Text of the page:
30 August 2013, International Herald Tribune
LONDON — The location of the penthouse apartment is one of London’s most desirable: facing Piccadilly, with the popular restaurant Wolseley on the ground floor and The Ritz to the side, just across Arlington Street.
And the interior, which covers 7,708 square feet, or 716 square meters, was designed by Candy & Candy, the company behind such high-profile projects as One Hyde Park in London and the triplex penthouse at The Plaza in New York.
“It’s a bit like buying a branded handbag when you buy Candy & Candy — people are attracted to the brand,” said Camilla Dell, managing partner of Black Brick, an agency that represents buyers.
The apartment, with six bedrooms, is for sale at £47.5 million, or $73 million, fully furnished, and is being marketed by the Knight Frank real estate agency.
The décor has the usual features of extreme luxury: burr walnut finishes, hand-painted silk wallpaper and an array of electronics that includes an 80-inch high-definition plasma television in the media room. The dark colour palette, mostly in blues, grays, silvers and blacks, is lightened by mirrors and walls with lacquered sheens.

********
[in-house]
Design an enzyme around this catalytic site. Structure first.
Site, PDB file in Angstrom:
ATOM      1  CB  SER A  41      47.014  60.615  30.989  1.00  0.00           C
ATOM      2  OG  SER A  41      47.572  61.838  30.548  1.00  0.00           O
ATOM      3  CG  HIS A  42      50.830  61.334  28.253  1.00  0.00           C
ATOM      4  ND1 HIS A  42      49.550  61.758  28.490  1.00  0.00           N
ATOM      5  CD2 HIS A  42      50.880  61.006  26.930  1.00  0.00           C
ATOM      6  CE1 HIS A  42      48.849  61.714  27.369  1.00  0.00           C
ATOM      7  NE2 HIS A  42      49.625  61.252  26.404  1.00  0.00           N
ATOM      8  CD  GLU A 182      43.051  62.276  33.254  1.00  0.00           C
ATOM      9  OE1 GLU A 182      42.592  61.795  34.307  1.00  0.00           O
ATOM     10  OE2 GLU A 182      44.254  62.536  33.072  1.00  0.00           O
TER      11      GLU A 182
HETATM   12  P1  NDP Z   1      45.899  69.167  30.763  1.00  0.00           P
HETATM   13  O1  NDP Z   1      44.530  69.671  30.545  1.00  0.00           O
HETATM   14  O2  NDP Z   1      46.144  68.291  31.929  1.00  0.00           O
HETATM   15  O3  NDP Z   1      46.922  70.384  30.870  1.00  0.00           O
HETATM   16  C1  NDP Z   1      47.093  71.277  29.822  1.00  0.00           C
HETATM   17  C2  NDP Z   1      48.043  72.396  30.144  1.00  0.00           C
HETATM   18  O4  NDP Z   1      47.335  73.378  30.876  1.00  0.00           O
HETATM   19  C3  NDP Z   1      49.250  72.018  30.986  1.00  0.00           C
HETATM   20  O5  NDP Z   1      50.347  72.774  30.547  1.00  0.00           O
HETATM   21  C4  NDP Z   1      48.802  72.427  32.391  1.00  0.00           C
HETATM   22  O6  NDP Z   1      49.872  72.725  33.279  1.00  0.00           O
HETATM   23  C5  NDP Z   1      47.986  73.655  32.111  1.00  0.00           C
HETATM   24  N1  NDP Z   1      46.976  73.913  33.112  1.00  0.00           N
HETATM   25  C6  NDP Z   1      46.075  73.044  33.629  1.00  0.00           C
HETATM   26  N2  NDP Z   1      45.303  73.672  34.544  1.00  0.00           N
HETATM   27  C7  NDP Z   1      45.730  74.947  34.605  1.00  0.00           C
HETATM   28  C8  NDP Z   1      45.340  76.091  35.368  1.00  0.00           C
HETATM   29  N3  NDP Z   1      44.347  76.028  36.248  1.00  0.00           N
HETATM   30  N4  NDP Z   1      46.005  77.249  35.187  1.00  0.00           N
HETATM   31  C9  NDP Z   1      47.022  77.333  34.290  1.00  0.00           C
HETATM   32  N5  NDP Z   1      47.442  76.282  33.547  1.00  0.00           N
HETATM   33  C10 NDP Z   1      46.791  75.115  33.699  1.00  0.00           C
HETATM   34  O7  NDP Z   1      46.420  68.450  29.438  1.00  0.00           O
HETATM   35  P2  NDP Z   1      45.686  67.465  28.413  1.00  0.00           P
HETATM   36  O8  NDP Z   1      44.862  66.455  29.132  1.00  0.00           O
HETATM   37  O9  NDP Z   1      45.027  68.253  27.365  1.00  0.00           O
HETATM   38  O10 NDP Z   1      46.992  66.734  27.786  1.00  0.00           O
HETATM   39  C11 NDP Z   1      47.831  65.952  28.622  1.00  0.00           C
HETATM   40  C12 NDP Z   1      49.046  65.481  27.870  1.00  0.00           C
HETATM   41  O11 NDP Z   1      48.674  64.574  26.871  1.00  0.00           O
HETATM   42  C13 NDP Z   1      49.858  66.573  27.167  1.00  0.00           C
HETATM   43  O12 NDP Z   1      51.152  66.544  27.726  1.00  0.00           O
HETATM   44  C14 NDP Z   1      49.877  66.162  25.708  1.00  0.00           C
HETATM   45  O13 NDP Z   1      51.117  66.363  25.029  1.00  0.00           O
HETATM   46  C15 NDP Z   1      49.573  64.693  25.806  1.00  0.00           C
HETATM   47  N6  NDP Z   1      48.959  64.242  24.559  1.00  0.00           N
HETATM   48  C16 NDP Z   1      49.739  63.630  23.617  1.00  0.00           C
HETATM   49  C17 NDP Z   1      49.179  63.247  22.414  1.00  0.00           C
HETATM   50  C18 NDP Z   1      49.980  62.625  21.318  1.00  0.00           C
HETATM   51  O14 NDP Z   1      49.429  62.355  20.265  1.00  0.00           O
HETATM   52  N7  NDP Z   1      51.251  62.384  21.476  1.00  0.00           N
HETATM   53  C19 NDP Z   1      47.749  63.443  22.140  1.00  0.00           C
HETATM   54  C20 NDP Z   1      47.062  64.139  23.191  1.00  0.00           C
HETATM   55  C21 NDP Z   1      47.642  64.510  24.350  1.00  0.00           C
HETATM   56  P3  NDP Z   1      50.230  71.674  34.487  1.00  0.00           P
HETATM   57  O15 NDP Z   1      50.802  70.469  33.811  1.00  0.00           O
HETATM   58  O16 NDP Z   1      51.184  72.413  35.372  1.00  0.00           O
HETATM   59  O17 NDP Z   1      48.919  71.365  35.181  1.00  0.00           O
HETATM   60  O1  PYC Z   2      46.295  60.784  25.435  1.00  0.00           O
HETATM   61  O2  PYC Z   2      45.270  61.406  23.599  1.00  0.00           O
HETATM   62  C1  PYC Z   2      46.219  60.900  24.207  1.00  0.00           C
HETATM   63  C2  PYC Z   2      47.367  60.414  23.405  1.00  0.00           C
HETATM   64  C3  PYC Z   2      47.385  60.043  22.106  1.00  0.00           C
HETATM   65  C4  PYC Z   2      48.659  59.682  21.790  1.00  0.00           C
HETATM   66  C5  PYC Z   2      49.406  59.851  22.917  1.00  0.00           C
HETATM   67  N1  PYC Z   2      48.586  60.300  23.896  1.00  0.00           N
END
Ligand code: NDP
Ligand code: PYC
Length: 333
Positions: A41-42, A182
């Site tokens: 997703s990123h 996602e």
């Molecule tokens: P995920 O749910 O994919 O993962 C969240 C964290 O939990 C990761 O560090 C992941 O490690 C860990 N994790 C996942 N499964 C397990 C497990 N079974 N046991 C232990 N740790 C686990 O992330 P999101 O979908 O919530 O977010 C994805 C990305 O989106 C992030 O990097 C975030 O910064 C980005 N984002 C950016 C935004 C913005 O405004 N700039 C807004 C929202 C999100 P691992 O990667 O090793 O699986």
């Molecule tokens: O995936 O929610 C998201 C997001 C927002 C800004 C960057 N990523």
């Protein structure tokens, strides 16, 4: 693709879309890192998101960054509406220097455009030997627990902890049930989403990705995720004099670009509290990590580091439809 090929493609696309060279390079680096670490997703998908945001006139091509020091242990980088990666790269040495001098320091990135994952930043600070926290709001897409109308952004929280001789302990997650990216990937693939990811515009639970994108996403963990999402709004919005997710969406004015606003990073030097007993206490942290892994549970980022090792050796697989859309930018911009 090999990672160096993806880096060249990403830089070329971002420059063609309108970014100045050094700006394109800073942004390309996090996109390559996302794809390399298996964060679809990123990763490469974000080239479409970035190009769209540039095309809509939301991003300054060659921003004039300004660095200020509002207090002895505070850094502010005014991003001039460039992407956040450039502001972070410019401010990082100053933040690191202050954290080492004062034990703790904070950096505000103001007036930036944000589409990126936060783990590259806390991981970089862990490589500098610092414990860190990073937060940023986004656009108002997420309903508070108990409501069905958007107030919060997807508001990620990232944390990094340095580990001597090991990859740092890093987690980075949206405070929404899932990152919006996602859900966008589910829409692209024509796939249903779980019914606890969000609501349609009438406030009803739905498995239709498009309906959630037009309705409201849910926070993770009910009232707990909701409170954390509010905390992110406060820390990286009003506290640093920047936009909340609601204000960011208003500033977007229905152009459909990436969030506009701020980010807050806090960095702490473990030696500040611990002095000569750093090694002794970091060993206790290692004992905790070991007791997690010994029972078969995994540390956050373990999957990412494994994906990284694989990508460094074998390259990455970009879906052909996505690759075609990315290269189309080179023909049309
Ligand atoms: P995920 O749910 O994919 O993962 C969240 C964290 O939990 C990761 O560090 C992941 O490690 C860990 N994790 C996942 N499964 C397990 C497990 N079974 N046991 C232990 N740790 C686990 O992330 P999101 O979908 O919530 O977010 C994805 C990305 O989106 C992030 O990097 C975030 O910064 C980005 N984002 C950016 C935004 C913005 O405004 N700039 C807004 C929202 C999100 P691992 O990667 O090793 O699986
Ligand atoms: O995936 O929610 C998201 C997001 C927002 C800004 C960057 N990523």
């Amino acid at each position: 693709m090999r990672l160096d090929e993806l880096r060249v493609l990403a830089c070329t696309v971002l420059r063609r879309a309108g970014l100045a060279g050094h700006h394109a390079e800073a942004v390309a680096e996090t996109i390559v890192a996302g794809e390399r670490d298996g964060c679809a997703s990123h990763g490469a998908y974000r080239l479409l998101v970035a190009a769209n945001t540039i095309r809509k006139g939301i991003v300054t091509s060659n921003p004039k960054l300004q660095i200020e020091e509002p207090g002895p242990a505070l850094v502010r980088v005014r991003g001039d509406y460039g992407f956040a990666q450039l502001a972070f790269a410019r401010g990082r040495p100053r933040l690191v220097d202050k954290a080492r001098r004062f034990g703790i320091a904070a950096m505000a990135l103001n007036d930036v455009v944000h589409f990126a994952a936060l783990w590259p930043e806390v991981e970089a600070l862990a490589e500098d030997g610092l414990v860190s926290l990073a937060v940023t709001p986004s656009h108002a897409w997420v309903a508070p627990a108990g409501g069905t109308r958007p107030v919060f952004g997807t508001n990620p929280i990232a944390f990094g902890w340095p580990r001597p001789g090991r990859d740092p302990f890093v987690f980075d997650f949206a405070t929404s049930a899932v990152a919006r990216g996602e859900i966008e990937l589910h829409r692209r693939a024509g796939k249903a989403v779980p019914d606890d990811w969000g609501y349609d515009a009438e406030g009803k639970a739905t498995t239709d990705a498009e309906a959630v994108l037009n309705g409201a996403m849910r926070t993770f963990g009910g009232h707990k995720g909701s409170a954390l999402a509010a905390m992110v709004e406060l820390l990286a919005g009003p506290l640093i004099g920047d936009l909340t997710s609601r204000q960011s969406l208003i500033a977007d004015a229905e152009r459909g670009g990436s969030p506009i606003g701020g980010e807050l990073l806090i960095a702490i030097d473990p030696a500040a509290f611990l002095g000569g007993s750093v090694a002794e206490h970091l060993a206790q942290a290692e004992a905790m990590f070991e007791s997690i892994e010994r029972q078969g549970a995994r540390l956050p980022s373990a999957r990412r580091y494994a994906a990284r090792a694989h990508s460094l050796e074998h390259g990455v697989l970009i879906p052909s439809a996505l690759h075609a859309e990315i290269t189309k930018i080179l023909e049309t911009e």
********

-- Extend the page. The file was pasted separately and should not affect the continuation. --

While several of the windows frame postcard views of Big Ben, the real sweeping views are from the roof terrace, which measures 1,467 square feet.
“It’s an investment which you will get good use out of,” said David Adams, managing director of John Taylor real estate in London, one of several top-end companies involved in the sales effort.
Average prices for properties in the St. James neighbourhood, bordered by Green Park, Buckingham Palace, Trafalgar Square and Piccadilly, are slightly less than £2,000 per square foot. And should the penthouse sell for the asking price, which is £6,162 per square foot, it would be 36 percent more than the area’s most recent record. That was £4,542 per square foot, paid in April 2012 for a £13.75 million penthouse in The Walpole, a group of five apartments farther along Arlington Street.
Caspar Harvard-Walls, a partner with Black Brick, said the penthouse sales effort “faces stiff competition from other developments which are similar prices, but have better facilities,” like a gym, spa or other services.
And the competition will be even stronger by 2015, when the development company Caraeno, working with the Carlyle Group, is scheduled to finish eight luxury apartments at 88 St. James’s Street, near St. James’s Palace.
There are other changes coming in the neighbourhood, the home of some of London’s most prestigious men’s clubs. The Crown Estate, which owns more than 50 percent of the buildings in the area, is investing £500 million over 10 years in improvements, including in residential properties.